Education is extremely important, never more so during lockdown due to the worldwide Coronavirus (COVID-19) pandemic as the schools are closed and we all must stay at home. This can be a challenge parents and carers as most are not teachers and will have to manage their children’s education whilst trying to manage their own workload, whether that is household tasks or having to work from home as they can’t go into the office.
Routine, structure and keeping the children mentally stimulated, along with physical exercise are the keys to successful home learning. You will need to plan your days and create a lesson plan, but don’t try to fit in as much as the children would learn in school – be realistic otherwise it will be very stressful for you and the child. Prioritise the core subjects such as maths and English, you don’t have the worry about Ofsted visiting, and keep it fun!
- Keep a routine – kids like structure and need to know exactly what they are doing. Try to keep their bedtimes and getting up times the same. Get them up and dressed at the same time every “school day”, don’t start their learning at home in their pyjamas.
- Follow a timetable – to educate at home is never going to be the same as in a school setting. Try to make it as similar as possible with learning one or two subjects, followed by a break – much the same as they do at school.
- Have your resources ready – print out any resources you are going to use the night before, don’t wait until the day you need them, interrupting lesson time.
- Use the internet to get tips from other parents and carers. Lots of teachers have also been sharing lots of tips on how to educate at home. Some will work for you and your children, some wont, choose what works best for your and your children.
- Keep things fun – this is very important. Kids will not learn the same way as they do at school. So whatever you are helping them learn, try to keep it fun.
- Get some outdoor time – if you have a garden, take some time to get out in it for the kids to run around or kick a ball and burn off some steam. If you don’t have a garden, go for a daily walk around your local area (make sure that during lockdown you observe social distancing rules).
- Exercise – for some this will be playing in the garden or going for a walk, but you can also exercise inside and exercise guru Joe Wicks is doing free P.E. sessions on his YouTube channel (sadly these have now ended).
- Eat properly – cut out the snacks and have a healthy lunch. They don’t eat loads of sweets and crisps at school and if you structure their new school day, snacks and crisps should be missing from here as well.
- Read for at least ten minutes per day – this is something that should be done whether schools are closed or not, and most people do. This can be done during the new “school day” or as bedtime reading. If they can read, get them to read to you and then ask questions to see if them understand what the text says or if they are just going through the mechanics of reading and need help with composition.
Most schools have sent the kids home with homework packs. Whilst they may not be the most engaging, used alongside other resources they will help with the basics. Use the homework packs, use resource websites like Twinkl and although we try to limit screen time, use tv for programmes such as BBC Bitesize, educational fun shows like Horrible Histories and nature shows such as Blue Planet. You can even use the tablets, laptops or phones with their school logins for access to Purple Mash etc. and resources like Maths Chase, apps like Reading Eggs and Teach Your Monster To Read and even YouTube for art lessons. Just don’t allow them to play the xBox or online games that have no educational value.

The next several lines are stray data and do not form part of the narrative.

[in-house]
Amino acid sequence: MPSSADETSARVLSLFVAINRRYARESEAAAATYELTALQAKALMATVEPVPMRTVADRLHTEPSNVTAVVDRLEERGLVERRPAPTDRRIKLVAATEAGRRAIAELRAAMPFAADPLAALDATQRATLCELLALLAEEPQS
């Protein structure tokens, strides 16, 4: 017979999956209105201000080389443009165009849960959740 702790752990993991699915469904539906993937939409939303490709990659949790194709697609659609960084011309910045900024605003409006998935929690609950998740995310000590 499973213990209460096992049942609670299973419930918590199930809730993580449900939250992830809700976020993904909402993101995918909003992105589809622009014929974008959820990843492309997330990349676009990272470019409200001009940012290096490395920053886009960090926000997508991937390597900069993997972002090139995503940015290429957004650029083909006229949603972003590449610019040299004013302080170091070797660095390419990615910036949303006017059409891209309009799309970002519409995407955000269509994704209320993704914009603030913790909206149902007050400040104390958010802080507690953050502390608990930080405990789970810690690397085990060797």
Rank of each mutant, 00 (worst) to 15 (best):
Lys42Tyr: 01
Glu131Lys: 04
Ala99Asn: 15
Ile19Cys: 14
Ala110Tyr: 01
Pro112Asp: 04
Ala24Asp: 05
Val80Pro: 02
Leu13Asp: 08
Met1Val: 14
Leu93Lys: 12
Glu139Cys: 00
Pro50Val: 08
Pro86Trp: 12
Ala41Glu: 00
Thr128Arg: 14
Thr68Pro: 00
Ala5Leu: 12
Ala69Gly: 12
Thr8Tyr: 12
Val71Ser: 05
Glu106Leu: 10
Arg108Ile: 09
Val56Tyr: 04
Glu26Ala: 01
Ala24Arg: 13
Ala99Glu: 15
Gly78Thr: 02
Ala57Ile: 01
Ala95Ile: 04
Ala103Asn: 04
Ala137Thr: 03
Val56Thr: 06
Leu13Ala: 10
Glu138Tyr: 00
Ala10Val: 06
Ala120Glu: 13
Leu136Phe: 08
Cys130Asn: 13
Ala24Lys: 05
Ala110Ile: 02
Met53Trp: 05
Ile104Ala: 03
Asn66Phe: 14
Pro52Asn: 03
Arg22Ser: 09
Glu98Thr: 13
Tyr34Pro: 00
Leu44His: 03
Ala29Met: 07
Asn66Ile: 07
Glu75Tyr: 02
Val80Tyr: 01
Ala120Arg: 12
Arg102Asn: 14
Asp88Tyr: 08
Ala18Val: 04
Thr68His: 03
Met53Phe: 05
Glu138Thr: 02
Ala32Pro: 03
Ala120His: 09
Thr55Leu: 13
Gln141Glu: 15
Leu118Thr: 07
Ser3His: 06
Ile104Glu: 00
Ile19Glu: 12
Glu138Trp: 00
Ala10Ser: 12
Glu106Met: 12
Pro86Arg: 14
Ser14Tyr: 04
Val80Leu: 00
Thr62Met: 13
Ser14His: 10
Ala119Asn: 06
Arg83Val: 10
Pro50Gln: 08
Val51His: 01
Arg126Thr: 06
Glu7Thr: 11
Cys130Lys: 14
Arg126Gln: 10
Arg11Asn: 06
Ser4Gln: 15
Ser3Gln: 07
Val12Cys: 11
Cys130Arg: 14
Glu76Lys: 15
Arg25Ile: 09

Depending on your age, you may have been taught a completely different way at school than kids are these days. Converse with the children as to how they have been taught to complete tasks and if need be, ask them to teach YOU how they do it. DO NOT assume you know better or the method they use is silly and teach them your way – this will just confuse them! Get them to show you how they have been taught at school or use the internet to learn how to do it. And if they are struggling with an answer, do not give in and tell them. They won’t get every answer correct all the time, that is part of learning and working out where they went wrong will do much more for them.
Education at home isn’t just book learning, you can also use cooking lunch as a lesson – you can use it to teach them how to prepare food and cook, but also get them to write down recipes so they learn to write and follow instructions – this is excellent for helping with maths, English and science (especially with baking where they have to measure out ingredients and see how they interact with each other).
If you are going to educate your children at home, they will need structure and rules, but it needs to be done without pressure or stress and in a way that is good for everybody – there is no one way, you just have to find what works best for your family. At What’s Good or Not we have been using some educational toys and games to make home learning fun, such as literacy board games, science kits and coding toys. These games and kits are excellent to educate at home whilst keeping it fun, but also superb for spending quality family time together – and who knows, you may even learn a new thing yourself!
To educate at home isn’t easy, but doing nothing will make things harder. Giving them something to do each day not only helps with their education but relieves the boredom of self-isolation and lockdown.